Wednesday, May 13, 2020
Obscurity of the Day: Tucker
Joe Martin has had a long career as a syndicated comic strip creator, and was once even crowned by the Guinness World Record people as the most prolific newspaper cartoonist*. His first foray into the newspaper cartooning biz didn't turn out too well, though.
On April 24 1978** Joe Martin's first syndicated strip debuted, a daily and Sunday offering distributed by Field Enterprises titled Tucker. The concept was simple; Tucker runs an employment agency and deals with all manner of oddball clients. With such a rich vein of humor to mine, Martin should have had a successful strip on his hands. I like the strip well enough; the only criticism I would make is that Tucker is saddled with a brainless idiot client/pal named Bustout, and I find him about 90% annoying and only 10% funny. Would have liked to see him given the pink slip. Otherwise, a good strip with pleasant art and good gags. Nevertheless, it was not to be. After only two years in syndication*** Field evidently pulled the plug.
According to Joe Martin in Cartoonist Profiles #123, he self-syndicated Tucker for a short while after Field dropped the strip. I haven't seen a self-syndicated version of the strip anywhere, but Martin certainly does like self-syndicating -- he took over syndication of all three of his strips in 2005. Has anyone seen the self-syndicated Tucker?
* A declaration like that seems an invitation for a footnote full of nitpicking from me, but I have to admit the Guinness people may well have the situation dead to rights. In 2000, the year that title was bestowed, Martin had three seven-day per week strips running -- Willy 'n' Ethel, Cats with Hands and Mister Boffo. I certainly can't come up with any cartoonist who can make the claim of producing 21 syndicated comic strips every week -- can you?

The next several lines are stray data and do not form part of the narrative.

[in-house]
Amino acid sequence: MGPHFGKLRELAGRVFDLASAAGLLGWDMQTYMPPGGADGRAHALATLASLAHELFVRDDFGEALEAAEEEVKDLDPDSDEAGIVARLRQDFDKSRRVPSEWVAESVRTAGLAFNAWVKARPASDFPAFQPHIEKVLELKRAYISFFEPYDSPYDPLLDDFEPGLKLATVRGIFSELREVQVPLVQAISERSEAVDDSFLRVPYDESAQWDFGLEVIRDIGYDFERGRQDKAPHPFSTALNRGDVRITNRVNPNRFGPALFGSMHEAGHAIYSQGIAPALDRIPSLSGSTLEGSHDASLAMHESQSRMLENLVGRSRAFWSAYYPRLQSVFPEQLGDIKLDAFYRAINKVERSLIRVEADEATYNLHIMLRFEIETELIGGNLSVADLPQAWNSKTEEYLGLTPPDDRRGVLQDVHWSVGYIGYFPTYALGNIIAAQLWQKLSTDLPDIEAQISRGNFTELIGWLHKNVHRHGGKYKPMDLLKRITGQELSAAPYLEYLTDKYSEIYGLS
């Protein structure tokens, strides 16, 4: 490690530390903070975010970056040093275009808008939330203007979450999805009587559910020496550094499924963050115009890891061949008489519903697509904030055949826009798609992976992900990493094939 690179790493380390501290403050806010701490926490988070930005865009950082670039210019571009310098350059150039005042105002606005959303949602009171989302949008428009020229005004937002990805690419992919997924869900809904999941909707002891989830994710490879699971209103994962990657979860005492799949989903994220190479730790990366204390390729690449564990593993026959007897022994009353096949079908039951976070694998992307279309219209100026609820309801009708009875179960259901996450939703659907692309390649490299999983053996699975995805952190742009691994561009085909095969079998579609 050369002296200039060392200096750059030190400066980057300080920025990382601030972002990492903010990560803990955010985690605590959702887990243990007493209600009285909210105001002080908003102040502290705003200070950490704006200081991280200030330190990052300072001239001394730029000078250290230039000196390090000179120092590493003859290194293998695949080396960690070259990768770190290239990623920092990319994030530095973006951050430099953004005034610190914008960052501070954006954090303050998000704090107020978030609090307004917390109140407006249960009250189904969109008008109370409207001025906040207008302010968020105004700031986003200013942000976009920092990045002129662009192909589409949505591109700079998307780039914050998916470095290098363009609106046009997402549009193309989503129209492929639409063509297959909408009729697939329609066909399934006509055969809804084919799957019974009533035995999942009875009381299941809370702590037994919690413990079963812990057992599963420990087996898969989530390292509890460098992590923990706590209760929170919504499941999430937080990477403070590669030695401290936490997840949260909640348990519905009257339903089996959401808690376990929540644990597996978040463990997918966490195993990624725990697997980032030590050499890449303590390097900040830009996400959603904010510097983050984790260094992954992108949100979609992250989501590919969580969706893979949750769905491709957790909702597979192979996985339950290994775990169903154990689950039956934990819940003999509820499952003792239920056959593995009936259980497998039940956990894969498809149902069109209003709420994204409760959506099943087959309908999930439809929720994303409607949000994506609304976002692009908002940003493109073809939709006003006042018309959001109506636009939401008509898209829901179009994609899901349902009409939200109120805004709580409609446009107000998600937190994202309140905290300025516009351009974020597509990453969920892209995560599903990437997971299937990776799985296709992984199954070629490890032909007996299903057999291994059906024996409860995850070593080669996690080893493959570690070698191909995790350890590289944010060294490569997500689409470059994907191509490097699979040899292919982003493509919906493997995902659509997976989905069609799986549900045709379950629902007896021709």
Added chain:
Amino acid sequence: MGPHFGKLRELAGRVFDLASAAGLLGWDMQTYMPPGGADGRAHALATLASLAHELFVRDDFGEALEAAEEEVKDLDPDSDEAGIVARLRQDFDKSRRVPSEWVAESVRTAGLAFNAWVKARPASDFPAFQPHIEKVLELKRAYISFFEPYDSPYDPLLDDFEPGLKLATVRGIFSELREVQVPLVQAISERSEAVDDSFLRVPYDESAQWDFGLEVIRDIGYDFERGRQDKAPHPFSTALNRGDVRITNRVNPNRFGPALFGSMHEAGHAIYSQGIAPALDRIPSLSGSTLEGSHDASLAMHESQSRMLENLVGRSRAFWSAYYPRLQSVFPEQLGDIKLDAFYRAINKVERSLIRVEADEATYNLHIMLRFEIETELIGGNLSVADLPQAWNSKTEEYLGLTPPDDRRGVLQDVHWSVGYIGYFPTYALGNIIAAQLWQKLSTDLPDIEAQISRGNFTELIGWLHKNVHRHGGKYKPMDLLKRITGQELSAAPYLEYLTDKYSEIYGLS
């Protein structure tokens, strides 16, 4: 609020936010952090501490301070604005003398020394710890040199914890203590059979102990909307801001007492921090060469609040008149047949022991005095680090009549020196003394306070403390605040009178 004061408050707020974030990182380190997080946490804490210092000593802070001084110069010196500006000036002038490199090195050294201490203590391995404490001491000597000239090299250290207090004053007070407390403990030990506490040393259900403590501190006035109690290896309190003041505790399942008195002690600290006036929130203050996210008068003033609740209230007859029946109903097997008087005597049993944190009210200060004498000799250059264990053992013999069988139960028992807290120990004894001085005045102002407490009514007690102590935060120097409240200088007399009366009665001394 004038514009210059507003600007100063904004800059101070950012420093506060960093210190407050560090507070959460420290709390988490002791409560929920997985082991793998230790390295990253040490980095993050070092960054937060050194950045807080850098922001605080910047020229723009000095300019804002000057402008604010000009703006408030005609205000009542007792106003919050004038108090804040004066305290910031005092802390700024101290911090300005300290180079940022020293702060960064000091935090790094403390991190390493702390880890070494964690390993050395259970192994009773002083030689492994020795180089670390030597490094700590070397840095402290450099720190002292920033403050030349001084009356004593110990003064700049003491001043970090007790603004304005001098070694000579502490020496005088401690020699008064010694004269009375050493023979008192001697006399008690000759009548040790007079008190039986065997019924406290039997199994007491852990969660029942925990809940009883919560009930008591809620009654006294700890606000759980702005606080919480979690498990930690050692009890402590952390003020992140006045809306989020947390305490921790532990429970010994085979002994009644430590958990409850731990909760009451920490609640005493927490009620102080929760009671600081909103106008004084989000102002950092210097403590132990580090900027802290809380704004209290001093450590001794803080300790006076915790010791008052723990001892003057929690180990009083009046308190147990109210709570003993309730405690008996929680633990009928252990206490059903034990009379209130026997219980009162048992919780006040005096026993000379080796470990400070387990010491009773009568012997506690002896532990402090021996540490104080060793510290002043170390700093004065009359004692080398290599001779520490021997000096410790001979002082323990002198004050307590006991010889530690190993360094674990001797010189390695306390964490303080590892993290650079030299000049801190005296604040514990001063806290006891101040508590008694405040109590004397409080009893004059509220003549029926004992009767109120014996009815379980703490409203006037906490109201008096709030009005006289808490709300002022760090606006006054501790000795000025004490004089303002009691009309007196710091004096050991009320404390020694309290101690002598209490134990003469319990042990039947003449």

** Source: Washington Star
** I can trace the strip through the end of March 1980, and I'm guessing with a second anniversary coming up the next month, Tucker got the axe. Does anyone have a definitive date?
If memory serves, Martin's son had a strip some years ago. It was a bit like Calvin and Hobbes, except the kid's imaginary friend was clad in black bodysuit and mask like a superhero/villain. We had it in the San Jose Mercury News, replacing B.C. There was a reader backlash, small but of unusual vehemence. The complainers claimed we were replacing a "Christian" strip with satanic one. B.C. came back and the new strip vanished from the Merc; I don't know if it persisted elsewhere.